So for now, we watch the seagulls feast, we walk the banks, and wait for the sun to come out and melt the ice, hoping for the best from a bad situation.
Courtesy of

Large fish kill in a river and lagoon in KwaZulu-Natal, South Africa

Scores of dead fish littered Toti Lagoon on Monday morning. Pic: South Coast Sun.
Scores of dead fish littered Toti Lagoon on Monday morning. Pic: South Coast Sun
Investigations are ongoing after scores of fish were killed in the Amanzimtoti river and lagoon, in KwaZulu-Natal, and it is believed to have been a result of pollution in the waterways.
Amanzimtoti environmentalist Jen Adams investigated and took photos of a school of dead fish in the lagoon on Monday morning, March 23, and reported the incident to the Toti Conservancy, South Coast Sun reported.
It is alleged there were also dead fish in the river close to Amanzimtoti Civic Centre.
“At the time there were 11 pelicans and at least 20 woolly-necked storks in the water at the lagoon, but thankfully I did not see any eating the dead fish, which had probably died from some unknown pollution,” Adams said.
“We are fighting an ongoing battle with all types of water pollution coming past the Bird Sanctuary and feeding into Toti lagoon. Let’s hope something is done to protect our environment because this is just totally unacceptable. Something has to change to improve the situation,” Adams added.
Toti Conservancy chairperson Laura Taylor told The Citizen that at this stage it is believed sewerage was not the cause for lagoon contamination, but it is suspected that high dissolved oxygen levels might have been the cause.
Taylor added there had been an oily sheen covering the river.
The numbers of fish that died are probably close to a 1000, said Taylor.
In an email, which The Citizen is in possession of, Taylor suggested to the eThekwini Municipality officials that they open up the mouth to let the lagoon drain and hopefully get some clean seawater in and get rid of all the dead fish.
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Sea birds found dead, ‘stomachs littered with plastic’ on Isle of May in Scotland, UK

POST-MORTEM examinations on puffins found dead on a Scottish island have found their stomachs littered with small plastic pellets used in the manufacturing industry.
Known as ‘nurdles’, the pellets are the raw materials used to make plastic items and are a growing cause of pollution in the world’s oceans.
Accidental spills mean billions of these pellets find their way into the marine environment every year, with Scotland’s seas no exception.
Now conservationists have raised concern for the country’s seabirds after routine examinations of puffin corpses collected in the Firth of Forth revealed many of the birds had swallowed nurdles along with their usual prey.
Experts are still unsure of the full impact of nurdles on wildlife, but it is believed they may attract and become coated with other toxic pollutants in the sea.
This could increase the dangers to marine animals and birds mistaking the lentil-sized fragments for food.
Scientists dissecting dead birds collected on the Isle of May were initially puzzled when they discovered various coloured pellets alongside their more usual diet of sandeels.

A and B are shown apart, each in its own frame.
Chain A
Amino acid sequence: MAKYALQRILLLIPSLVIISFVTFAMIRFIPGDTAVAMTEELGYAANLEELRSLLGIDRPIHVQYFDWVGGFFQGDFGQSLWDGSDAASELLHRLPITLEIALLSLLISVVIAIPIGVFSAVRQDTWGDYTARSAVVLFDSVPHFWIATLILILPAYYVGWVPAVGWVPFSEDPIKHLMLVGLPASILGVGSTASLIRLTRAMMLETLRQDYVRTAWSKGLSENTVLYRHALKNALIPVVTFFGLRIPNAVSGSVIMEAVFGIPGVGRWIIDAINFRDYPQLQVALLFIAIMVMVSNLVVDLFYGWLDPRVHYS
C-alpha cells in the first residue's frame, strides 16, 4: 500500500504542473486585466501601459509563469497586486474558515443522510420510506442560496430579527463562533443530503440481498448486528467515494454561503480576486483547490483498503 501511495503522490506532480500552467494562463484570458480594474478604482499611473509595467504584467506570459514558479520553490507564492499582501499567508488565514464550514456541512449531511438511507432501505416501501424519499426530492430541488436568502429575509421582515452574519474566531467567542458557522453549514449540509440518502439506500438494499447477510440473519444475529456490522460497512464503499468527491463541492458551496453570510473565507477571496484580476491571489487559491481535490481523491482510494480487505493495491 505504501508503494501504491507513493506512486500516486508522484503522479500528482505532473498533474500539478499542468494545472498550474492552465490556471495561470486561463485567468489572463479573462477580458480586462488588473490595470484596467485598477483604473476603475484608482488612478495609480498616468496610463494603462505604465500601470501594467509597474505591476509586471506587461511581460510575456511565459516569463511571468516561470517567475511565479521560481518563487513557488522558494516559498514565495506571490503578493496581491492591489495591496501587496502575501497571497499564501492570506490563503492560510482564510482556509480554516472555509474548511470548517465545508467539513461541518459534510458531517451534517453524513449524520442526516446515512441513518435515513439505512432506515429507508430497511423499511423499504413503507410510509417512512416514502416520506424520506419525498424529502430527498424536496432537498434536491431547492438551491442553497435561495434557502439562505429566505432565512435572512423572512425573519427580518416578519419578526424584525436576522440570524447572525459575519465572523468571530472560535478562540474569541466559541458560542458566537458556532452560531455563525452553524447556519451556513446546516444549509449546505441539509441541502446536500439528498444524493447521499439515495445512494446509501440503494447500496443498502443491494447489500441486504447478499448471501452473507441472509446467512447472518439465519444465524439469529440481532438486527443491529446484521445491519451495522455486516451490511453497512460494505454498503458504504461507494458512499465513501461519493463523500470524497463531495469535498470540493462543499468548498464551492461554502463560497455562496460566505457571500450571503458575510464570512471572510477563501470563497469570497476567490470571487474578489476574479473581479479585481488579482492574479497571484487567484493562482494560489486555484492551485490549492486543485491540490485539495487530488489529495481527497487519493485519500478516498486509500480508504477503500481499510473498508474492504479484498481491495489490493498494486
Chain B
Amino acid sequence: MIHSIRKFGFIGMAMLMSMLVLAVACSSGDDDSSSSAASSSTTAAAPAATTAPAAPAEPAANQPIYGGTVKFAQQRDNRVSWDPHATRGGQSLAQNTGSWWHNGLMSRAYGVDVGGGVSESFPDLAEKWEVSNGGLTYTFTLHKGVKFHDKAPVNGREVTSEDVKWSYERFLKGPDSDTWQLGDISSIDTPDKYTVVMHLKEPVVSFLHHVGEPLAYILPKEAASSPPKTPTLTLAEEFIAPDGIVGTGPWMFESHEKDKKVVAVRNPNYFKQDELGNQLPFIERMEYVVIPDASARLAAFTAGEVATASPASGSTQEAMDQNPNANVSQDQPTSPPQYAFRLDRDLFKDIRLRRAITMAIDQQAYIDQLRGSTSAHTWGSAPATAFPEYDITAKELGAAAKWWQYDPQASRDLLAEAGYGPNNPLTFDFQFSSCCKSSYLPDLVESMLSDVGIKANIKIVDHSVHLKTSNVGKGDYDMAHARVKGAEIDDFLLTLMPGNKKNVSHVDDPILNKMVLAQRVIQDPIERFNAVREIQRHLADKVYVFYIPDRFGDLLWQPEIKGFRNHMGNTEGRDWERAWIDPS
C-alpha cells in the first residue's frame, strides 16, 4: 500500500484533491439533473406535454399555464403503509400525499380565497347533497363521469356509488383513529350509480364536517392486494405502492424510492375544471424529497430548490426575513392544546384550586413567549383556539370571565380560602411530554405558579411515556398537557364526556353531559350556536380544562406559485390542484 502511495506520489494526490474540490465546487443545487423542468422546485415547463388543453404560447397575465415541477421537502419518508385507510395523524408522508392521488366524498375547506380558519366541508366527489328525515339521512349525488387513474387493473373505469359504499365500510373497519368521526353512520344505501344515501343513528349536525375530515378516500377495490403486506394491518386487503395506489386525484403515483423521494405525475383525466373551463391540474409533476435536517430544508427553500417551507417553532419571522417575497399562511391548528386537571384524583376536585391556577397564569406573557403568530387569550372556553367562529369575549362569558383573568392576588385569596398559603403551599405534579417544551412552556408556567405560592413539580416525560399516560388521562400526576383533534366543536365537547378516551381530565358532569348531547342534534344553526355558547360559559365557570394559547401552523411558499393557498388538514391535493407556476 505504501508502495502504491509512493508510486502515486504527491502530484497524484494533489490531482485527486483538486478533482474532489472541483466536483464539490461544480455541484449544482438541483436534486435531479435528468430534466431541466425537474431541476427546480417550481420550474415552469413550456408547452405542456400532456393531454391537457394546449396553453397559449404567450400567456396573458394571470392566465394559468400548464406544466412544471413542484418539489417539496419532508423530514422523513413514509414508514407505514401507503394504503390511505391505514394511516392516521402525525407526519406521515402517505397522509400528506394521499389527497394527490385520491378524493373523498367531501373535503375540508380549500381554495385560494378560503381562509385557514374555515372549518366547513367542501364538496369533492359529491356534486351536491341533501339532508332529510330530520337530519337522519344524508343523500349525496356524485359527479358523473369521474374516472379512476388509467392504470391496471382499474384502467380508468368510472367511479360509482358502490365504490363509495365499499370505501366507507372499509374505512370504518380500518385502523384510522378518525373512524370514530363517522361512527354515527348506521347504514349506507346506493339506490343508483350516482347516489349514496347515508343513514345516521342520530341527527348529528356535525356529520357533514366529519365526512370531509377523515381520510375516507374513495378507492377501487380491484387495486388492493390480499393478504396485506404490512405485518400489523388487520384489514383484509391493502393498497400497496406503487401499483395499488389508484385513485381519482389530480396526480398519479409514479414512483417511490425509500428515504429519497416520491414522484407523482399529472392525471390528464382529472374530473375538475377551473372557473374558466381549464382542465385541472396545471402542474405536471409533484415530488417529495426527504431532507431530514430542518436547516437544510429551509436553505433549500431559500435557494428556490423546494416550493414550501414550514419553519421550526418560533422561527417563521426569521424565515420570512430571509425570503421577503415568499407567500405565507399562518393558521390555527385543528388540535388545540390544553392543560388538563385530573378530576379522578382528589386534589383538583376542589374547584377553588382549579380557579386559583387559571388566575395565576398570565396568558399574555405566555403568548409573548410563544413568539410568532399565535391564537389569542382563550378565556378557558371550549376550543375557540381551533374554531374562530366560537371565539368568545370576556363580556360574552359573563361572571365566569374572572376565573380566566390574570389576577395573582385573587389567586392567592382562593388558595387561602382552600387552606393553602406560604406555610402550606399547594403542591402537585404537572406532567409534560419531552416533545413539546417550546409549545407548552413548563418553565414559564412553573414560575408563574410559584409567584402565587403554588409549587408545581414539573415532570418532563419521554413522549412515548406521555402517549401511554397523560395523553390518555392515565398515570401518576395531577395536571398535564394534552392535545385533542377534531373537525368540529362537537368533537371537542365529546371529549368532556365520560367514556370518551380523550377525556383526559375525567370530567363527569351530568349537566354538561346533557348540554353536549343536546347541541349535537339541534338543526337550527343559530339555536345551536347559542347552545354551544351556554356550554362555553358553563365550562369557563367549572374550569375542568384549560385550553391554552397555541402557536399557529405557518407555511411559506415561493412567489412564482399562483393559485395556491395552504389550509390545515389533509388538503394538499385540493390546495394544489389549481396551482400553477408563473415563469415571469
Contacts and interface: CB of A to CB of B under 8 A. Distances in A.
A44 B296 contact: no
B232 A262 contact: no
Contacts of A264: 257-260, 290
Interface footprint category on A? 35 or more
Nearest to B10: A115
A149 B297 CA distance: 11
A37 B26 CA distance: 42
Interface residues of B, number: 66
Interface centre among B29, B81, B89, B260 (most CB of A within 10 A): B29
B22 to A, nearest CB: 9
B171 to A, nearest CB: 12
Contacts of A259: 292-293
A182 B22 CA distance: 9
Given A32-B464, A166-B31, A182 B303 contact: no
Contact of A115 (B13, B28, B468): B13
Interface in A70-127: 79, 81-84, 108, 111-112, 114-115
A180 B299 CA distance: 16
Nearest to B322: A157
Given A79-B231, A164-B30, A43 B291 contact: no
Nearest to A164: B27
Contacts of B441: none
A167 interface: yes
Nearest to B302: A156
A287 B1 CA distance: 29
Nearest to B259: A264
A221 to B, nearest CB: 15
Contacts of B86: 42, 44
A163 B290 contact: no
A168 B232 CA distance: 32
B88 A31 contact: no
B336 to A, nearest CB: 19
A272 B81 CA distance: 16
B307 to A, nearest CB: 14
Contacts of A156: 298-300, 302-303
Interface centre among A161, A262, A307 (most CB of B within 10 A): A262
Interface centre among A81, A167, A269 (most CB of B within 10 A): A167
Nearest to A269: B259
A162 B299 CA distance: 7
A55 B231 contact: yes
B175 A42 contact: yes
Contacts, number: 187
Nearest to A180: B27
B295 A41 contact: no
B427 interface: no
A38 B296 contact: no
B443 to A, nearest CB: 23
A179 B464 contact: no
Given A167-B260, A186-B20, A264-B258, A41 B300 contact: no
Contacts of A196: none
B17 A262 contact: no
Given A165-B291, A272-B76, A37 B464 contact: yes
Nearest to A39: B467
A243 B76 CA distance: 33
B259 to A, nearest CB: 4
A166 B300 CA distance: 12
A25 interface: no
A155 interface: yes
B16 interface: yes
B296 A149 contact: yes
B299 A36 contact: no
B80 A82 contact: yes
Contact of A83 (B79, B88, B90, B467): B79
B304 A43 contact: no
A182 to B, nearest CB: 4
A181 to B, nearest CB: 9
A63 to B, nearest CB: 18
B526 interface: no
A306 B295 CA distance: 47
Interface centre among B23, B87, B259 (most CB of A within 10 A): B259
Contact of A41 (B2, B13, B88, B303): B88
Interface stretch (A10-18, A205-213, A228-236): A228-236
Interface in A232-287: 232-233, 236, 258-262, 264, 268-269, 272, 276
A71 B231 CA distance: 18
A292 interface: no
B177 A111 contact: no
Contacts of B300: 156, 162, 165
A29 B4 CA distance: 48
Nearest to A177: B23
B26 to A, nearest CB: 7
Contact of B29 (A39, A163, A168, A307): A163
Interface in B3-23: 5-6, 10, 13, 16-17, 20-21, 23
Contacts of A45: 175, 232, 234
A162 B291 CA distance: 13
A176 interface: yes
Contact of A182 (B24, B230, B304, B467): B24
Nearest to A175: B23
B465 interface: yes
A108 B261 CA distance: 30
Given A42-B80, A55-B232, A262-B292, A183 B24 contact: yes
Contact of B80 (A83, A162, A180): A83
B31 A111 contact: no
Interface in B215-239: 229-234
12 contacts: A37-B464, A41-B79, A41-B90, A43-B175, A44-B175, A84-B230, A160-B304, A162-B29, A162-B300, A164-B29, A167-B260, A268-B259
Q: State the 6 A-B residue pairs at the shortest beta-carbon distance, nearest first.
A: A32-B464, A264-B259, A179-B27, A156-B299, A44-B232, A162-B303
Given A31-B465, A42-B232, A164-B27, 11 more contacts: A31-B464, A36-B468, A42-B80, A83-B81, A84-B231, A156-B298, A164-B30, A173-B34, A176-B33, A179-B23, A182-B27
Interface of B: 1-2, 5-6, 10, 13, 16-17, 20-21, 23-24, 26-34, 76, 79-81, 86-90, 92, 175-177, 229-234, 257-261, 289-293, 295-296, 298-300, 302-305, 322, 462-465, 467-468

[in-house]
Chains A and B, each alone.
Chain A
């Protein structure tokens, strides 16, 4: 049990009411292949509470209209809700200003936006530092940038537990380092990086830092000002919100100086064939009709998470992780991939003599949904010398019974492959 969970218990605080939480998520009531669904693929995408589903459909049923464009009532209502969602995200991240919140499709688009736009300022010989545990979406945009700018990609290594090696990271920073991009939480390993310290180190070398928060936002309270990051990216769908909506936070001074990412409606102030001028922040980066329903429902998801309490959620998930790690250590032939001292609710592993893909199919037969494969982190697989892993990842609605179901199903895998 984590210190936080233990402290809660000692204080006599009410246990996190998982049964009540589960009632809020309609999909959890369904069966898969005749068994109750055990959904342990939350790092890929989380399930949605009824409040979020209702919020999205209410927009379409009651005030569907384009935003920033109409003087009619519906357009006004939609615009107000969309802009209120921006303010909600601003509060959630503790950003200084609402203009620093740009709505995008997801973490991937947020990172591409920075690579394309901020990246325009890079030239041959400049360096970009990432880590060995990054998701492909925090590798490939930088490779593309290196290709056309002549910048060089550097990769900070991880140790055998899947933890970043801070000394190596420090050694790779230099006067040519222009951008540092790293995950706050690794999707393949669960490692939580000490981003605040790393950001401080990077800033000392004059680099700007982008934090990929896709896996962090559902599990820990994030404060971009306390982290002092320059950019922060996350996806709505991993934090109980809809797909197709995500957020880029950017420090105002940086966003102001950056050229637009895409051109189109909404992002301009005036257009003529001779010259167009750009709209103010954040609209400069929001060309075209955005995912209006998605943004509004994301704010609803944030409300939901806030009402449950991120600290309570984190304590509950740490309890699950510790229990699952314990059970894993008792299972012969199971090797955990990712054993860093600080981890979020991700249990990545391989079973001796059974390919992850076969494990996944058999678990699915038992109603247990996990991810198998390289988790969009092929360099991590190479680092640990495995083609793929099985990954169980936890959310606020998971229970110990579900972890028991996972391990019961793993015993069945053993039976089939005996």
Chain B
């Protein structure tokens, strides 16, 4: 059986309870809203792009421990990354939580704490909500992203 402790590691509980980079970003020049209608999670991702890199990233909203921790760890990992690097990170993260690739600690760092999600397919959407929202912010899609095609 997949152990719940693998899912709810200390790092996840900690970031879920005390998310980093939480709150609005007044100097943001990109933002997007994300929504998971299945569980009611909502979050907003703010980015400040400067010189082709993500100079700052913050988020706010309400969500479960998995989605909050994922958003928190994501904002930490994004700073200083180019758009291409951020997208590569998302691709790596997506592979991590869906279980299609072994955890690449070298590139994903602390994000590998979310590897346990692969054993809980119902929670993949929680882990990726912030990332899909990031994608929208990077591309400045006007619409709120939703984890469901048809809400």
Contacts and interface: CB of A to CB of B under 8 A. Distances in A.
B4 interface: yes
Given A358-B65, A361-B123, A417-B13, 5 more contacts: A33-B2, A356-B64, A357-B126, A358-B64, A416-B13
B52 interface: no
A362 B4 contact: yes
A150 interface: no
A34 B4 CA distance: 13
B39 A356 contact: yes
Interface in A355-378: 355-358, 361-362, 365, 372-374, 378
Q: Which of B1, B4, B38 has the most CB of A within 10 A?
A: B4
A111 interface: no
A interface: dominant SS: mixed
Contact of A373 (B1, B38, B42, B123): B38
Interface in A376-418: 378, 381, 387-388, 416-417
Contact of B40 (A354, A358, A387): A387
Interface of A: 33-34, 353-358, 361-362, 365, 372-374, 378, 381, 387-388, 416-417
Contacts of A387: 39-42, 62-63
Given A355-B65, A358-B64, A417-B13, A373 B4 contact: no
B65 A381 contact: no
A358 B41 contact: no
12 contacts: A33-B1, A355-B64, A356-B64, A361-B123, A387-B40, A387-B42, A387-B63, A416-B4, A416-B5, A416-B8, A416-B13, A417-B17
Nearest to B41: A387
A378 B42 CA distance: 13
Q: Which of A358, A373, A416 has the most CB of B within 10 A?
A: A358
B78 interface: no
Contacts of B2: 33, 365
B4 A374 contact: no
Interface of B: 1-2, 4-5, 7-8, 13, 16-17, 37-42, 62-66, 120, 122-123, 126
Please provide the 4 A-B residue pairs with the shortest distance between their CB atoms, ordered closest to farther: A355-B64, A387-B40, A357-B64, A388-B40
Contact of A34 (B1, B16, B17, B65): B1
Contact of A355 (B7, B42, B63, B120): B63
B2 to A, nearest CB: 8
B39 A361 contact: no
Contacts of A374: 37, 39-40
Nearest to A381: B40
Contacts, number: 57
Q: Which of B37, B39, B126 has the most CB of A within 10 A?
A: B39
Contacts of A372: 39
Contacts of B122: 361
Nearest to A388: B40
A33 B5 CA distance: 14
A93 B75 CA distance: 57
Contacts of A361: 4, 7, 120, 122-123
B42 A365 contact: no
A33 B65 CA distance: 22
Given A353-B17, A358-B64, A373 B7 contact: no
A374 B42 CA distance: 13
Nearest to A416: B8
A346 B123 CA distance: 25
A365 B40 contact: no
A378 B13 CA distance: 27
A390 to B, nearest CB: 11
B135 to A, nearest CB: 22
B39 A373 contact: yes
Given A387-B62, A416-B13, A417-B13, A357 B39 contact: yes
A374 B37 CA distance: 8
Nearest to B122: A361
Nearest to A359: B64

It was environmentalists from the charity Fidra, who run the Great Nurdle Hunt campaign against plastic pollution, who explained what they were seeing.
Courtesy of

Mass die off of fish in Madison lake, Ohio, USA

Fish Kill Alert

A lake is littered with dead fish along its shoreline in what’s become a common spring-time sight.
Dead shad are floating along the banks of Madison Lake in London.  
Elizabeth Wheeler visits the state park for peace and quiet and for her favorite past-time of fishing. “It’s so relaxing there’s so much going on in the city you just get out in the wild and enjoy yourself,” said Wheeler.
Wheeler says the dead fish just inches away from her feet don’t bother her at all.
“A lot of people probably wouldn’t know about it yeah it’s every year especially this year with being so bad,” said Wheeler.
The common spring-time occurrence is what’s known as winterkill according to the Ohio Department of Natural Resources after months of heavy ice and snow cover.
The fish couldn’t get enough oxygen to survive.
ODNR says it’s most common in shallow ponds. The fish are expected to disappear pretty quickly as wild animals feast on what they find.
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21 Pelicans found dead ‘due to bird flu’ in Srebarna Nature Reserve, Bulgaria

Bird Flu

The bodies of 21 pelicans were found in the Srebarna nature reserve in northeastern Bulgaria on Tuesday. The likely causes of the birds’ death are disease, poisoning or overpopulation of the colony, private bTV station reports. The reserve has a pelican colony consisting of 65 couples and during the inspection on Tuesday newly-hatched pelicans were discovered. Employees at the reserve and local residents claim that there has been no such mass death of birds until now. The pelican colony had not been inspected as the birds should not be disturbed during their nesting period. It was announced that the measures against bird flu, which had been introduced in the beginning of the year, will remain in force and monitoring of the reserve will continue. White immovable birds had been spotted through the reserve’s video surveillance system, but they were not identified until Tuesday. The regional environmental and water inspection in Ruse has informed the Ministry of Environment and Water of the incident.
Courtesy of